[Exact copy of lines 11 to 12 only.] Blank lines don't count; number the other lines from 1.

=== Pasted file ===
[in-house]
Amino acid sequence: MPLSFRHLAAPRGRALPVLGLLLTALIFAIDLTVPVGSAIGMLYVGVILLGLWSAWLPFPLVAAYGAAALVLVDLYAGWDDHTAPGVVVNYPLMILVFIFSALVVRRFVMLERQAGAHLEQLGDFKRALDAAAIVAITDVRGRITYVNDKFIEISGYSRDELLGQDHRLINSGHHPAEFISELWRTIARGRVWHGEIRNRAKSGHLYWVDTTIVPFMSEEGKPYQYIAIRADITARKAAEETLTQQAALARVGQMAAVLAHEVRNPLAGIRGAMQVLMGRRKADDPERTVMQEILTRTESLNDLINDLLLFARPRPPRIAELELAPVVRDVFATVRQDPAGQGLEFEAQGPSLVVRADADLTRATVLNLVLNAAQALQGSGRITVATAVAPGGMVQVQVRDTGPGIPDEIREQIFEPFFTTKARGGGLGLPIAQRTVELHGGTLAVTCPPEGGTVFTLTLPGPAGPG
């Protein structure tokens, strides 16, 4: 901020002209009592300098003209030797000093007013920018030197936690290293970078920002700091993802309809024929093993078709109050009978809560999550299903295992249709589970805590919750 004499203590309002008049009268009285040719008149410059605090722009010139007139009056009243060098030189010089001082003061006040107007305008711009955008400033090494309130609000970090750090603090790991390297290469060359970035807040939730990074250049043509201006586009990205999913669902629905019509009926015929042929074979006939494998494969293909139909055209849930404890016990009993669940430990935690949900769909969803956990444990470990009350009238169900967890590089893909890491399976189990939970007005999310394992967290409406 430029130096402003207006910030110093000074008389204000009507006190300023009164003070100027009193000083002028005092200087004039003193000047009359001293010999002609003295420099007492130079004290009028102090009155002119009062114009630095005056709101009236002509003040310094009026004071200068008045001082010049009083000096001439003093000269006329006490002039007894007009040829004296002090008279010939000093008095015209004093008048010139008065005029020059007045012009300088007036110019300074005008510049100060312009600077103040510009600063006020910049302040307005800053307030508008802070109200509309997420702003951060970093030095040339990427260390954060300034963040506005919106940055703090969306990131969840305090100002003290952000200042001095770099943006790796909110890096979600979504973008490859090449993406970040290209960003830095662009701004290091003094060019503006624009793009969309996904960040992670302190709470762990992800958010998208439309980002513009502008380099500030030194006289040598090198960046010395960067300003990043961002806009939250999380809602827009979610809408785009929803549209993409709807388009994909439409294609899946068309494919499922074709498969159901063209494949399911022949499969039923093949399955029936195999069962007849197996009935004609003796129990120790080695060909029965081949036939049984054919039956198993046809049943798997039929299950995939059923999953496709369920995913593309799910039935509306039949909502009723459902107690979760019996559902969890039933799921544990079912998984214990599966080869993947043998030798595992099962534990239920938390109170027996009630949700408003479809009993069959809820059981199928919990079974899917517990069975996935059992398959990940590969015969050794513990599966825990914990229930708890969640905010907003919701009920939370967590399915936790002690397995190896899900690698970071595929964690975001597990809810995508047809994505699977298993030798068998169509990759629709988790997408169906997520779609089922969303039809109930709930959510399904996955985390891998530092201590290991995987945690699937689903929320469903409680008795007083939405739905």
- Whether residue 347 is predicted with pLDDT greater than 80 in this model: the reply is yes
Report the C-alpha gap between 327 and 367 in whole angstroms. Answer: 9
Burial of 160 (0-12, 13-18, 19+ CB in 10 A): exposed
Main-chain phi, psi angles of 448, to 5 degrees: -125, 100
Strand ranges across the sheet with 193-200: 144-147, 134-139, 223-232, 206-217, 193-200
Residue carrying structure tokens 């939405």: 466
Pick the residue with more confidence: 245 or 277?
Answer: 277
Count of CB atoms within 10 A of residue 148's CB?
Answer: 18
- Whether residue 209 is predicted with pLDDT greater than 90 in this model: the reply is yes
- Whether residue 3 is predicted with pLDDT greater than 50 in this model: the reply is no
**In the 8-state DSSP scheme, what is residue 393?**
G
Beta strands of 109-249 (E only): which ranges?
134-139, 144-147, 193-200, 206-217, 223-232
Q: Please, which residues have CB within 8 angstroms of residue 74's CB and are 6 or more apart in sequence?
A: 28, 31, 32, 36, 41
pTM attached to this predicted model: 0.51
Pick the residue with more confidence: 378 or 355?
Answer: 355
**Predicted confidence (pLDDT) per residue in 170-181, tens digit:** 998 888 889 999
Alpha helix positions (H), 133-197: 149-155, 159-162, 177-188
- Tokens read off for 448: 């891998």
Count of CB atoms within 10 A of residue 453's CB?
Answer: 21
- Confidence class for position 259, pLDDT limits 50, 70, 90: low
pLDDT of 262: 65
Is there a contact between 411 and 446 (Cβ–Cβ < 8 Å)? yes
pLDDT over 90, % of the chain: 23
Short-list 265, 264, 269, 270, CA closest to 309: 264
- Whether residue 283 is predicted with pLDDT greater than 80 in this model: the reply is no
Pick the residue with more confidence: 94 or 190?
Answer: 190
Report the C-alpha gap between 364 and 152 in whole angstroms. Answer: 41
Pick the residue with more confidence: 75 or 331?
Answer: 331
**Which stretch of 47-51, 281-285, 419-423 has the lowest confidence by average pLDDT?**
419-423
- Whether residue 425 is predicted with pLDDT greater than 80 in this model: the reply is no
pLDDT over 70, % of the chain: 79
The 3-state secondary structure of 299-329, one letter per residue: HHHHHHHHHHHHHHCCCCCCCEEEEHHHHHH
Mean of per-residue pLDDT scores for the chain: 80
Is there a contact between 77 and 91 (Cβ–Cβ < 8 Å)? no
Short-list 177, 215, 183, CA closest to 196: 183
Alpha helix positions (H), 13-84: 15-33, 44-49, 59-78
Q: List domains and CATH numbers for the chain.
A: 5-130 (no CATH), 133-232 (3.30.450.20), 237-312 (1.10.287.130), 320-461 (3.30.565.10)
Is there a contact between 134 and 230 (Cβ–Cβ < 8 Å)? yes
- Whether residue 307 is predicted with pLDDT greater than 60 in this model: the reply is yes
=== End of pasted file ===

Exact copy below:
Answer: 277
Count of CB atoms within 10 A of residue 148's CB?